On a scorching hot day, we travel to the Zola area of Soweto, a township south of Johannesburg in South Africa.
Despite the soaring mercury, the trip is worth it.
Zola was known to be home to some of South Africa’s greatest musicians including Brenda Fassie, Mandoza and M’du, as well as soccer players John ‘Shoes’ Lesiba Moshoeu of Orlando Pirates and Mongezi Joel ‘Ace’ Mnini of Moroka Swallows.
Now, it’s also home to a promising fashion designer.
The small town, with a rough population of 44,000, is where self-taught South African designer Zamaswazi Nkosi crafts his creations for the city’s catwalks.
Nkosi greets us by the corrugated gates of the entrance to his compound dressed in a blue golf shirt featuring an African print pattern – the same shirt he showcased at the South African Fashion Week (SAFW) Spring/Summer 2017. His pants complement the look, along with blue loafers and a white fedora.
Ushering us in, he politely offers to carry some of our equipment. The genial, soft-spoken Nkosi then shows us around.
His workspace, which was once a garage, is attached to his bedroom. Clothes hang on a rack next to the door. Two sewing machines sit at the corner of the room with fabric, needles and thread neatly stacked beside them. Next to them is a table where he irons his garments. You can tell he is a one-man army.
The wall on the opposite side of the room is filled with a collage of photographs, newspaper clippings and awards. A headline from The Citizen reads: “A daring designer”.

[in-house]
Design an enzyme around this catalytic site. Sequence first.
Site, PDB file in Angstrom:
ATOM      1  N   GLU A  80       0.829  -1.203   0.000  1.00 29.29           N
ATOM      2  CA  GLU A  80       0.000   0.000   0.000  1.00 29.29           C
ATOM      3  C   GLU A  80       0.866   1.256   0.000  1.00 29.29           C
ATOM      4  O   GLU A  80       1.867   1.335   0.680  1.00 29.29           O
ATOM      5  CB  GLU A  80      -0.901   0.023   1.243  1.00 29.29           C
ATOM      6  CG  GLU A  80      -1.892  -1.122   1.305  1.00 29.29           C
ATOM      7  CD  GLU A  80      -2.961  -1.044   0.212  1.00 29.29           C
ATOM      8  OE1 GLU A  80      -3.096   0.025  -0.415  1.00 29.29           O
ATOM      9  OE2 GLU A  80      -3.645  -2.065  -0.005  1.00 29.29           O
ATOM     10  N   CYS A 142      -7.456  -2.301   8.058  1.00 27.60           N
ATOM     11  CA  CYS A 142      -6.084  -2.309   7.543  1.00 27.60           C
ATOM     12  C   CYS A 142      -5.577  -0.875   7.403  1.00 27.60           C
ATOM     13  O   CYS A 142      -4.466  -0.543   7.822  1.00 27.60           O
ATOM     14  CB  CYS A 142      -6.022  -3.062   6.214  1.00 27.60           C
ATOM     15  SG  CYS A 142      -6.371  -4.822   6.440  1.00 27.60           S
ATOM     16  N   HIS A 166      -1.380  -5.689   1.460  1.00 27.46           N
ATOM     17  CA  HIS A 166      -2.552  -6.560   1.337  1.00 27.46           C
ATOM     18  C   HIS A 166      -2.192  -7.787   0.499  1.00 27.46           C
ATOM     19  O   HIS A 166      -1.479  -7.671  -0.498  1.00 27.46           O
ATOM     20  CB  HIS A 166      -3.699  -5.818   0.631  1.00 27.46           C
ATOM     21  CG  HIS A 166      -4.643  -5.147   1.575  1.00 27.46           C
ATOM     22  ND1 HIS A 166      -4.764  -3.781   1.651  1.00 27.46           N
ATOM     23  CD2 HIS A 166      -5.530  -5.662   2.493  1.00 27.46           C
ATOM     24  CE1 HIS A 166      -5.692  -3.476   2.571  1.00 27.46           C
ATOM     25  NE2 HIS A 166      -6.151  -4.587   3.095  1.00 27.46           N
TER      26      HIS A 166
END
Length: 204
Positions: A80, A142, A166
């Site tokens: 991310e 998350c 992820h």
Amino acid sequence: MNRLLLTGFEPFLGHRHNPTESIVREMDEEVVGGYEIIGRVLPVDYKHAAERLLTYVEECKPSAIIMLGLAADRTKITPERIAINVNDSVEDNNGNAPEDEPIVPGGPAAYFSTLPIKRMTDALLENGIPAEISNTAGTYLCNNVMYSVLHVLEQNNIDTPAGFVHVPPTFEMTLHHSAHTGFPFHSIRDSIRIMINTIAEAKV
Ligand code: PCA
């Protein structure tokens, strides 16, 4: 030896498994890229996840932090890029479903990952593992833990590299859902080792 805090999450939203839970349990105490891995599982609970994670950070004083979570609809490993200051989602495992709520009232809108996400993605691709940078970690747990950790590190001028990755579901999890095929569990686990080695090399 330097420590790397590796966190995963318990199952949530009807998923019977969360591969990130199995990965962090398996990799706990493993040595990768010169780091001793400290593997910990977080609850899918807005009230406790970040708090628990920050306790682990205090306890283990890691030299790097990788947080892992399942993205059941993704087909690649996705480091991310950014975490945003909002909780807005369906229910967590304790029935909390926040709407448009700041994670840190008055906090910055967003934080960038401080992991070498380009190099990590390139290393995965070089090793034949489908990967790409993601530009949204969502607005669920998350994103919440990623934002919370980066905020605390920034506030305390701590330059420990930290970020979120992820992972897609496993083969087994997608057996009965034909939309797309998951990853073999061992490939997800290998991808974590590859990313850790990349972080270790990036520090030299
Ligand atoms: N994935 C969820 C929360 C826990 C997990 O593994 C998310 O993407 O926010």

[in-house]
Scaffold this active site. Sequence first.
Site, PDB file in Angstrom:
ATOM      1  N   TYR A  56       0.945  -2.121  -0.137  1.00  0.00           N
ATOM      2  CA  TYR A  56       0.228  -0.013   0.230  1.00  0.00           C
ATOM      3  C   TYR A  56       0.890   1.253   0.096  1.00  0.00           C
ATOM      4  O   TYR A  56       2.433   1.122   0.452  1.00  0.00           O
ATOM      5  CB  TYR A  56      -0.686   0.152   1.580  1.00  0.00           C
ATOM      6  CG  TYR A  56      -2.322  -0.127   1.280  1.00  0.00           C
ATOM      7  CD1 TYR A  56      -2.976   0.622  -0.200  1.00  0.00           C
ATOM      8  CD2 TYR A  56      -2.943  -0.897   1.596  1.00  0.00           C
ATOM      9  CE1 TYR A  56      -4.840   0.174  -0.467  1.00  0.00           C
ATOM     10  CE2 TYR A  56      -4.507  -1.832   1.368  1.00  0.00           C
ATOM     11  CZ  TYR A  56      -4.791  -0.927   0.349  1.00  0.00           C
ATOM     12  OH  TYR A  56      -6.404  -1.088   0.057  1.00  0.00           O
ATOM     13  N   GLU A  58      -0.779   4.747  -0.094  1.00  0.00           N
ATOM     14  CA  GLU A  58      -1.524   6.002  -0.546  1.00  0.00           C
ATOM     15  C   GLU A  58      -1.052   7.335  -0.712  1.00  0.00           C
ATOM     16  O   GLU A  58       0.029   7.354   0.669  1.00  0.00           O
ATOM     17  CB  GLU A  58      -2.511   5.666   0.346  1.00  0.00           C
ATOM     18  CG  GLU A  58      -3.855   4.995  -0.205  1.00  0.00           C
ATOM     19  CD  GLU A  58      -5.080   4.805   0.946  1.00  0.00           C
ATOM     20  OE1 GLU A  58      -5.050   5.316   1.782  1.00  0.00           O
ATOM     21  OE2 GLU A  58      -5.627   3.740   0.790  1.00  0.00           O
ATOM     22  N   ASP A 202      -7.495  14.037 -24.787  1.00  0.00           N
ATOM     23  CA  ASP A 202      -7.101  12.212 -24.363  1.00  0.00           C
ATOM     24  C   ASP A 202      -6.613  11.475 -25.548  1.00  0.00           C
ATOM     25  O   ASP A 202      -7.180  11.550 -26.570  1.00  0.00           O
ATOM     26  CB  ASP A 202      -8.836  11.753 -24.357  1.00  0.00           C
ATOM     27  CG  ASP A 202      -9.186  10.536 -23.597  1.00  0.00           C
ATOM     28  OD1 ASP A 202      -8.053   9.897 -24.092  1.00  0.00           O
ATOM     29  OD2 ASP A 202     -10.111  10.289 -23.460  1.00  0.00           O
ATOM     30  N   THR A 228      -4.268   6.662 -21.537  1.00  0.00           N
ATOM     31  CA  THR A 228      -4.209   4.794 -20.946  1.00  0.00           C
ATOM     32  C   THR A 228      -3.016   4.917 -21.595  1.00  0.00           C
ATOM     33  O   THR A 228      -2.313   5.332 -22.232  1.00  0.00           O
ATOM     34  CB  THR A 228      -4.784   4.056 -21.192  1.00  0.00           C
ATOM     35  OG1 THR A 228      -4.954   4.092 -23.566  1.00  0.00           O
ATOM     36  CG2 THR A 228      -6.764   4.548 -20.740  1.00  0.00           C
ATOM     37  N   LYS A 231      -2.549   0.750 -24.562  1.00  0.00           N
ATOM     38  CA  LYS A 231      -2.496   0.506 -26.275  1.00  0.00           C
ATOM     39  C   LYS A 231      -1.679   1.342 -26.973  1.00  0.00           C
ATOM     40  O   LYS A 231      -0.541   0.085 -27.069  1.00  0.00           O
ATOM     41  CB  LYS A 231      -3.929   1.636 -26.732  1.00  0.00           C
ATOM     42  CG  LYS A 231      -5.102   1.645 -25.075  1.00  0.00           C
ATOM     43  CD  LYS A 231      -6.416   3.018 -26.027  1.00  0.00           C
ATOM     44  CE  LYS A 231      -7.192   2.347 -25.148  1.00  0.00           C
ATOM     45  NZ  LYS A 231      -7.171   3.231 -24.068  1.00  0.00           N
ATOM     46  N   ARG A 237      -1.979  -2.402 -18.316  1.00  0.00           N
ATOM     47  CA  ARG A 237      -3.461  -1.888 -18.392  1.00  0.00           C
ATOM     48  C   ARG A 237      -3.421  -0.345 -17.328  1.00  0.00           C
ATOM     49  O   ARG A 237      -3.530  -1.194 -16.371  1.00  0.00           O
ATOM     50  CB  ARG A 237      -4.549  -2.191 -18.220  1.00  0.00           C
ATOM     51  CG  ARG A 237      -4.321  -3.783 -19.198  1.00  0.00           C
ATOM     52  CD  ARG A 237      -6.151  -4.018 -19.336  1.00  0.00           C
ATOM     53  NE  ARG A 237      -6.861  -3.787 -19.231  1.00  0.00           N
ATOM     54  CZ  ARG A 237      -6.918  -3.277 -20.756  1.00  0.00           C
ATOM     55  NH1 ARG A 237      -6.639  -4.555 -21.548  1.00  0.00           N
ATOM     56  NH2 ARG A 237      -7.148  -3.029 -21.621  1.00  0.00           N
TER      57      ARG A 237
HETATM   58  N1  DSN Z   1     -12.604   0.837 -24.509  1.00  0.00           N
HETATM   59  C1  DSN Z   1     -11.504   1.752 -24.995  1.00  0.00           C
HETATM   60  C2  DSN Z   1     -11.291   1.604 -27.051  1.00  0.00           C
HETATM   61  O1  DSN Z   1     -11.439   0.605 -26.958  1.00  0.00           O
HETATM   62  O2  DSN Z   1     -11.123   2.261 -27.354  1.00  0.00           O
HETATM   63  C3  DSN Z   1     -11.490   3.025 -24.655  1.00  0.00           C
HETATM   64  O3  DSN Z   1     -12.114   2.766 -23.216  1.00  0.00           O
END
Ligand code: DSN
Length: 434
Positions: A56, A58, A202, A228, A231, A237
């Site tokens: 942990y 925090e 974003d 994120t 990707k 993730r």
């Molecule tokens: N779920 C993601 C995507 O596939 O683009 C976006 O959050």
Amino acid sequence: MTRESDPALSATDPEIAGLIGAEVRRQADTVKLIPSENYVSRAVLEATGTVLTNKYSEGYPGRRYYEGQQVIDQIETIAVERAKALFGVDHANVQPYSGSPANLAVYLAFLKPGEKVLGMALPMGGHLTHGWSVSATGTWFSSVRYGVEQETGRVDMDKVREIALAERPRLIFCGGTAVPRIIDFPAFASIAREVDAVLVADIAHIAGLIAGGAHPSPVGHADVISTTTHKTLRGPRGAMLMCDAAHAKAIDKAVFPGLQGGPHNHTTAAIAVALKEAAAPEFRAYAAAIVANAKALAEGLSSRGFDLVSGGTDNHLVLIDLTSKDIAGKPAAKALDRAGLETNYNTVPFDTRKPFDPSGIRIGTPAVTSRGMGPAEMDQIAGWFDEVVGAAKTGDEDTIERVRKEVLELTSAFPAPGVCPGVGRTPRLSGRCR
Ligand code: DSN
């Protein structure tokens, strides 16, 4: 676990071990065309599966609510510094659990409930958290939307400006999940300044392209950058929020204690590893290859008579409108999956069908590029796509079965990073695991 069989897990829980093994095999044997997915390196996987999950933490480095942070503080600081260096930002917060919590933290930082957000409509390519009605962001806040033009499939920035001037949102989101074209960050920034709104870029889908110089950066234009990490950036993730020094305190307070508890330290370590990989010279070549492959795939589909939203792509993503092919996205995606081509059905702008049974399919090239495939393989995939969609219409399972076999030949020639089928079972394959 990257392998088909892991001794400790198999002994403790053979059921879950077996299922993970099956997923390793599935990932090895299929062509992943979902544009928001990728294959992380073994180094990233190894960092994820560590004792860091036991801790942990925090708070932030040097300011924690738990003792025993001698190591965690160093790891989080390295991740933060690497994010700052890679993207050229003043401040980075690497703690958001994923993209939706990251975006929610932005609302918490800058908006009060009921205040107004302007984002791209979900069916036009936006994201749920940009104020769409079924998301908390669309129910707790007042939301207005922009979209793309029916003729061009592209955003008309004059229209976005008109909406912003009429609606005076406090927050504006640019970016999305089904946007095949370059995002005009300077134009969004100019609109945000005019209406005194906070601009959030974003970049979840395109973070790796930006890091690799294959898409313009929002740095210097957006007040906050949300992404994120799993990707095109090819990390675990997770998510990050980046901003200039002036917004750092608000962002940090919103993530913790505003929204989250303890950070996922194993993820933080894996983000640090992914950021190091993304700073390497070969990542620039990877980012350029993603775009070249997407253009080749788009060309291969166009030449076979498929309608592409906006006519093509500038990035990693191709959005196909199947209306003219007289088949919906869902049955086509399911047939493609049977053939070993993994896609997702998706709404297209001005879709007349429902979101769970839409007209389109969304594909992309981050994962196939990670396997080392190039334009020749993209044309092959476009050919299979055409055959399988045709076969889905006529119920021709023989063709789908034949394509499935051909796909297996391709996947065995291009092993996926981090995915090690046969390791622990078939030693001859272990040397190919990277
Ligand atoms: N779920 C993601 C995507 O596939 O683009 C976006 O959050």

“My love for fashion started the day I had no clothes to wear,” Nkosi opens.
Growing up with a single mother and as one of six siblings, he was forced to improve his circumstances at home. He developed the art of restoration.
“It started with reviving the old to new. Sometimes I would take my sisters’ clothes and redo them so that I could have something to wear,” he says.
Little did he know at the time his innovations would one day be part of the fabric of high fashion in South Africa.
Nkosi began by sewing clothes using his mother’s old sewing machine. From there, he would piece together fabric lying around the house.
“I took my mother’s tablecloth, I stole it actually,” he admits.
Nkosi then crafted the tablecloth with a shirt of his to create an entirely new piece. He enjoyed reinventing things and it’s evident in the clothes he designs and puts together today.